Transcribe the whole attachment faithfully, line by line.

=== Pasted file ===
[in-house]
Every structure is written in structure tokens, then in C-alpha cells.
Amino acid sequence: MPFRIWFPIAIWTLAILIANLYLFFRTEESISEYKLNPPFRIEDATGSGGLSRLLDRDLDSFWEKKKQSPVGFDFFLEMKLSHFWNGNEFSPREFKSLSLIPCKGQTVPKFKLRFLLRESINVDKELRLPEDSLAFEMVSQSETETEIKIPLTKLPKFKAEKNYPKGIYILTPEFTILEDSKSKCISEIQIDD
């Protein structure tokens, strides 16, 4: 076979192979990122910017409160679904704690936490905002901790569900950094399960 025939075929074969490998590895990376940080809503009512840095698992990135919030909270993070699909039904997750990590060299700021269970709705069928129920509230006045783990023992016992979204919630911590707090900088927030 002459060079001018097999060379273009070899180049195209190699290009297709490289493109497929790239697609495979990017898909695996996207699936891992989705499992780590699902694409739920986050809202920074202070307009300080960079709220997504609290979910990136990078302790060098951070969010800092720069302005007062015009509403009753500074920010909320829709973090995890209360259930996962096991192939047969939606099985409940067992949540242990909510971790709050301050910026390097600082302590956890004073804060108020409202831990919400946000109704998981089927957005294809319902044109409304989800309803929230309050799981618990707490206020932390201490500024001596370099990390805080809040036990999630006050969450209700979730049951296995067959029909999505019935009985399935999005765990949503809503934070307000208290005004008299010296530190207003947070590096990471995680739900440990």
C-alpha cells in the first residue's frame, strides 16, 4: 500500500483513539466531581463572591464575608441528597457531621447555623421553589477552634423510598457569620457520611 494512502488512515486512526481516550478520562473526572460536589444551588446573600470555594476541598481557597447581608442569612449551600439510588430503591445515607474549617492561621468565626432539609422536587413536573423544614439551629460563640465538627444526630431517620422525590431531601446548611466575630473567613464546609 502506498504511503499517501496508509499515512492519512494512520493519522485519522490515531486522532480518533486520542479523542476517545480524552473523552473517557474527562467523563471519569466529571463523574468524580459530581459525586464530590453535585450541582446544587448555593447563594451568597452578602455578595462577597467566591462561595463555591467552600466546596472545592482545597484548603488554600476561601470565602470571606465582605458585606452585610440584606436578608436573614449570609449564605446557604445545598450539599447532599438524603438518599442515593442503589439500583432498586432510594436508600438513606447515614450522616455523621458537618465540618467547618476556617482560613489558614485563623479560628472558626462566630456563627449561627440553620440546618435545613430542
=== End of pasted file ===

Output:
[in-house]
Every structure is written in structure tokens, then in C-alpha cells.
Amino acid sequence: MPFRIWFPIAIWTLAILIANLYLFFRTEESISEYKLNPPFRIEDATGSGGLSRLLDRDLDSFWEKKKQSPVGFDFFLEMKLSHFWNGNEFSPREFKSLSLIPCKGQTVPKFKLRFLLRESINVDKELRLPEDSLAFEMVSQSETETEIKIPLTKLPKFKAEKNYPKGIYILTPEFTILEDSKSKCISEIQIDD
């Protein structure tokens, strides 16, 4: 076979192979990122910017409160679904704690936490905002901790569900950094399960 025939075929074969490998590895990376940080809503009512840095698992990135919030909270993070699909039904997750990590060299700021269970709705069928129920509230006045783990023992016992979204919630911590707090900088927030 002459060079001018097999060379273009070899180049195209190699290009297709490289493109497929790239697609495979990017898909695996996207699936891992989705499992780590699902694409739920986050809202920074202070307009300080960079709220997504609290979910990136990078302790060098951070969010800092720069302005007062015009509403009753500074920010909320829709973090995890209360259930996962096991192939047969939606099985409940067992949540242990909510971790709050301050910026390097600082302590956890004073804060108020409202831990919400946000109704998981089927957005294809319902044109409304989800309803929230309050799981618990707490206020932390201490500024001596370099990390805080809040036990999630006050969450209700979730049951296995067959029909999505019935009985399935999005765990949503809503934070307000208290005004008299010296530190207003947070590096990471995680739900440990």
C-alpha cells in the first residue's frame, strides 16, 4: 500500500483513539466531581463572591464575608441528597457531621447555623421553589477552634423510598457569620457520611 494512502488512515486512526481516550478520562473526572460536589444551588446573600470555594476541598481557597447581608442569612449551600439510588430503591445515607474549617492561621468565626432539609422536587413536573423544614439551629460563640465538627444526630431517620422525590431531601446548611466575630473567613464546609 502506498504511503499517501496508509499515512492519512494512520493519522485519522490515531486522532480518533486520542479523542476517545480524552473523552473517557474527562467523563471519569466529571463523574468524580459530581459525586464530590453535585450541582446544587448555593447563594451568597452578602455578595462577597467566591462561595463555591467552600466546596472545592482545597484548603488554600476561601470565602470571606465582605458585606452585610440584606436578608436573614449570609449564605446557604445545598450539599447532599438524603438518599442515593442503589439500583432498586432510594436508600438513606447515614450522616455523621458537618465540618467547618476556617482560613489558614485563623479560628472558626462566630456563627449561627440553620440546618435545613430542